In 1961, Dr. Boris Levinson, a child psychologist, became the “accidental” pioneer for animal therapy. One day he left his dog, Jingles, alone with one of his young, uncommunicative patients. When Dr. Levinson came back, the child was smiling and talking to the dog (Altschiller 3). This just shows how quick and monumental the effect of an animal can be. He believed that therapy animals provided, “unconditional acceptance and love” and they offered “a secure and warm environment for children and other patients, increasing their ability to adapt better psychologically to other people”...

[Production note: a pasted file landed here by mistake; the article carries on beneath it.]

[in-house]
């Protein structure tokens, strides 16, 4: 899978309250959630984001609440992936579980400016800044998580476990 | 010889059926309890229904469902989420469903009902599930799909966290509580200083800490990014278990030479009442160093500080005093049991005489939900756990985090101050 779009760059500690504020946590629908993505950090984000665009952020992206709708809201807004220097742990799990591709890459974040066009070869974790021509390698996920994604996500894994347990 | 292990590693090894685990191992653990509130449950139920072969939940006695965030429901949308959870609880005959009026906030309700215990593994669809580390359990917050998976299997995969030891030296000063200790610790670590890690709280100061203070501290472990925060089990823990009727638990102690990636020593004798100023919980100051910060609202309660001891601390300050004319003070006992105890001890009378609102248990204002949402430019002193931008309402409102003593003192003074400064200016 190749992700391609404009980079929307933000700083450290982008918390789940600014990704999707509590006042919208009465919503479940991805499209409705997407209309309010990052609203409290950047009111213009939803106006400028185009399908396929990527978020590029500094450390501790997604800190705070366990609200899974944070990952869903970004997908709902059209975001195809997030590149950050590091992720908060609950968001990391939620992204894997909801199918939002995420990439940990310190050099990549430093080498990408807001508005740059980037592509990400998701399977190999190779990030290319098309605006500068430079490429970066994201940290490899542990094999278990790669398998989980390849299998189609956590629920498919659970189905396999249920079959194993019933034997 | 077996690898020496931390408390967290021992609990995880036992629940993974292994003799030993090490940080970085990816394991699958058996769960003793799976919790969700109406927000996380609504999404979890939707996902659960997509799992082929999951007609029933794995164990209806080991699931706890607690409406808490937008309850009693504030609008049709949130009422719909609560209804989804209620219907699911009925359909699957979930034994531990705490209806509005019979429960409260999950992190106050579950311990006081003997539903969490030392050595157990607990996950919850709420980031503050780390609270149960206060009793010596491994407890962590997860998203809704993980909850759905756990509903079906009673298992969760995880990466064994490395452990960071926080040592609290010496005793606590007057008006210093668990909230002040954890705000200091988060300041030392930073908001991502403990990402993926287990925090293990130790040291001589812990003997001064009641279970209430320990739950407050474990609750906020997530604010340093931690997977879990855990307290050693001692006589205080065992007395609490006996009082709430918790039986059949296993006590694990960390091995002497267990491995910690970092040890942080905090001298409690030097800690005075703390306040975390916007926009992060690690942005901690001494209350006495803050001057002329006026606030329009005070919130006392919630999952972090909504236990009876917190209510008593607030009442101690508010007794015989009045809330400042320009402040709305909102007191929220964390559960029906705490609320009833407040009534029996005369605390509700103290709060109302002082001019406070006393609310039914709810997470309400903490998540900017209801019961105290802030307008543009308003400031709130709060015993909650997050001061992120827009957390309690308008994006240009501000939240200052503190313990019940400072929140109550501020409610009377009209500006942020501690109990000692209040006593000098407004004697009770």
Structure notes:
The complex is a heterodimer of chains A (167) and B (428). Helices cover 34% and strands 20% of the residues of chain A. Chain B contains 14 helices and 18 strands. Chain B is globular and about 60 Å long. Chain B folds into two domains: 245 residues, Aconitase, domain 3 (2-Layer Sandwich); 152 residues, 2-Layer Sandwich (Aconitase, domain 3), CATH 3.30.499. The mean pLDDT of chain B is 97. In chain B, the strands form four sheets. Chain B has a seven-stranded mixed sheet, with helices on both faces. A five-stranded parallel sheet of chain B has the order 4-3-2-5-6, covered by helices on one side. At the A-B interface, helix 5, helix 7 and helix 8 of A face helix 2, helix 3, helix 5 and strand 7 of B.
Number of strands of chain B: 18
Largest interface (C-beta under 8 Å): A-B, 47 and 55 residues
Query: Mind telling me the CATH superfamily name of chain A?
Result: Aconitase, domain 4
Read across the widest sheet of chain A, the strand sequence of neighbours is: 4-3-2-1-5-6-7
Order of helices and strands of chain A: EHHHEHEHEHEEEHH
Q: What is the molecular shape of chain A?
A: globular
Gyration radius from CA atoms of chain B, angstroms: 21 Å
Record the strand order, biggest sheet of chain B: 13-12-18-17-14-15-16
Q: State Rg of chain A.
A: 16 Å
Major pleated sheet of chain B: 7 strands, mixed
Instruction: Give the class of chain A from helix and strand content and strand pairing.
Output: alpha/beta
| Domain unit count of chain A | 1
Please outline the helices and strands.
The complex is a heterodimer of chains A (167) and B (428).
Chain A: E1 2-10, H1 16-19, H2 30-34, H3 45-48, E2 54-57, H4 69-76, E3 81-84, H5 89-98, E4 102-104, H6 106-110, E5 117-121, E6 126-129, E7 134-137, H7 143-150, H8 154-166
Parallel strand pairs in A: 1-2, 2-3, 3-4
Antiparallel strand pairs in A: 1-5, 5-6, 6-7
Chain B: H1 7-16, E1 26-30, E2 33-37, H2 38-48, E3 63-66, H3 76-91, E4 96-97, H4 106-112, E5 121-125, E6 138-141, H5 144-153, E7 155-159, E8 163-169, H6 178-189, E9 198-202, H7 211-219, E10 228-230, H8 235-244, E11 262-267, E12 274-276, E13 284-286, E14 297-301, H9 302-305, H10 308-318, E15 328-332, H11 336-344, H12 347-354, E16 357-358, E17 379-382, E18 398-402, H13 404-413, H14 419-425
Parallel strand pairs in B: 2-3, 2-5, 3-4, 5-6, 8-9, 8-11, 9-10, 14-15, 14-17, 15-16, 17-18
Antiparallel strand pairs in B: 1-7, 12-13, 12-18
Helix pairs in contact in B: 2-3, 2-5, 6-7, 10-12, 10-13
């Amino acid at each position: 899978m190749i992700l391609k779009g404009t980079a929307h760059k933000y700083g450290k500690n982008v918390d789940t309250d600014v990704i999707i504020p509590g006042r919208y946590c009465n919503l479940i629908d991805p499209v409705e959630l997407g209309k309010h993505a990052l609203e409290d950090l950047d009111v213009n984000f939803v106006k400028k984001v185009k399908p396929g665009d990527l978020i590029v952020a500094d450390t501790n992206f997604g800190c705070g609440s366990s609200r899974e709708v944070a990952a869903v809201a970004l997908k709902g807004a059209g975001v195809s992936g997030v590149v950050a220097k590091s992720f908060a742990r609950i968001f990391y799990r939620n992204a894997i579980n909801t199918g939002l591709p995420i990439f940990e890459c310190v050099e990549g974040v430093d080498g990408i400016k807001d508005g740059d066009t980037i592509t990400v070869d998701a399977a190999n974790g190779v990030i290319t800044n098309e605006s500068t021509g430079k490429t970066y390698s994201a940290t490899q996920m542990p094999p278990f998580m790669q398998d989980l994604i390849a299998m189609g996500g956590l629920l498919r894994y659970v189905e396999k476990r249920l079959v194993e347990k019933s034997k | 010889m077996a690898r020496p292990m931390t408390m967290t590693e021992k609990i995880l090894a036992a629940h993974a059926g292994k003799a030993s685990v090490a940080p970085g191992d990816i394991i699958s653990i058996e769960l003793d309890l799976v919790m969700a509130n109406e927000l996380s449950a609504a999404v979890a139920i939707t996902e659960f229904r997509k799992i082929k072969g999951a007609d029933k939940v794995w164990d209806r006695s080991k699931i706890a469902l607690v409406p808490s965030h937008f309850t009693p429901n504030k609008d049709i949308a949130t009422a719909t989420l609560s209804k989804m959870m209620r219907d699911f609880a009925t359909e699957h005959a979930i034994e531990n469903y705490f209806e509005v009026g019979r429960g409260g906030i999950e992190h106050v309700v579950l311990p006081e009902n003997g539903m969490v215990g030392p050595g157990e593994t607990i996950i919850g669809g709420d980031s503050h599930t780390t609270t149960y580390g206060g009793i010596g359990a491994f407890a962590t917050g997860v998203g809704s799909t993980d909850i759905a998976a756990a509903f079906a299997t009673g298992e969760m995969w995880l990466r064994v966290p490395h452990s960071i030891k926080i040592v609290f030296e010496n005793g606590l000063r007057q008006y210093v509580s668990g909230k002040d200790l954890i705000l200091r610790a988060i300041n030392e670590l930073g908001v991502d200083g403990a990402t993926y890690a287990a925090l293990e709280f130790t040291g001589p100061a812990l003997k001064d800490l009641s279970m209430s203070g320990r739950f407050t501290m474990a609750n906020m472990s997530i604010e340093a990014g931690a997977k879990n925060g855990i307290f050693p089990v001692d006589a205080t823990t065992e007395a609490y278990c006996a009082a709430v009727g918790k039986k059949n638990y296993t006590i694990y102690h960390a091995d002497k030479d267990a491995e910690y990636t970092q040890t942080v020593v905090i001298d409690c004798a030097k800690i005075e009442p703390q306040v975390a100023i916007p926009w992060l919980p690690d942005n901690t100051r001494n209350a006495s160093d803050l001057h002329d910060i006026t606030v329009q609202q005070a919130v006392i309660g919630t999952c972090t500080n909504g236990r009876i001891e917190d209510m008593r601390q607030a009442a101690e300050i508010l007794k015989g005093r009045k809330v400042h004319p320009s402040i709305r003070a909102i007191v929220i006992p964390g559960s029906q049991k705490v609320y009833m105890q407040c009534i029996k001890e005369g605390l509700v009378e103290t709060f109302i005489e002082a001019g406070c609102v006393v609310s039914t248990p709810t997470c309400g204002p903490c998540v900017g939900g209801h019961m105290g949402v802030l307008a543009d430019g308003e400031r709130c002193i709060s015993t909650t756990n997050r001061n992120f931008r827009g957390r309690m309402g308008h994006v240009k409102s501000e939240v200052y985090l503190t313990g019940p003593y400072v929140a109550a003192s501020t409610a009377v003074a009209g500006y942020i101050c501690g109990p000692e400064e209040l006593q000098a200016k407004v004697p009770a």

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...mal-assisted therapy. However, the research that has been done shows positive signs that animal-assisted therapy does work. Animal-assisted therapy deserves our attention now and in the future, because as Dr. Michael McCulloch, another researcher for animal therapy, once said, “If pet therapy offers hope for relief of human suffering, it is our professional obligation to explore every available avenue for its use” (Altschiller 5).
"Animal-Assisted Therapy." Animal Assisted Therapy, Exploring the Therapeutic Link between Animals and Humans. American Humane Association, 2013. Web. 13 Mar. 2014.
Altschiller, Donald. Animal-Assisted Therapy. Santa Barbara, CA: Greenwood, 2011. Print.
Turner, Judith. “Pet Therapy.” The Gale Encyclopedia of Medicine. 4th edition. 2011. Print.
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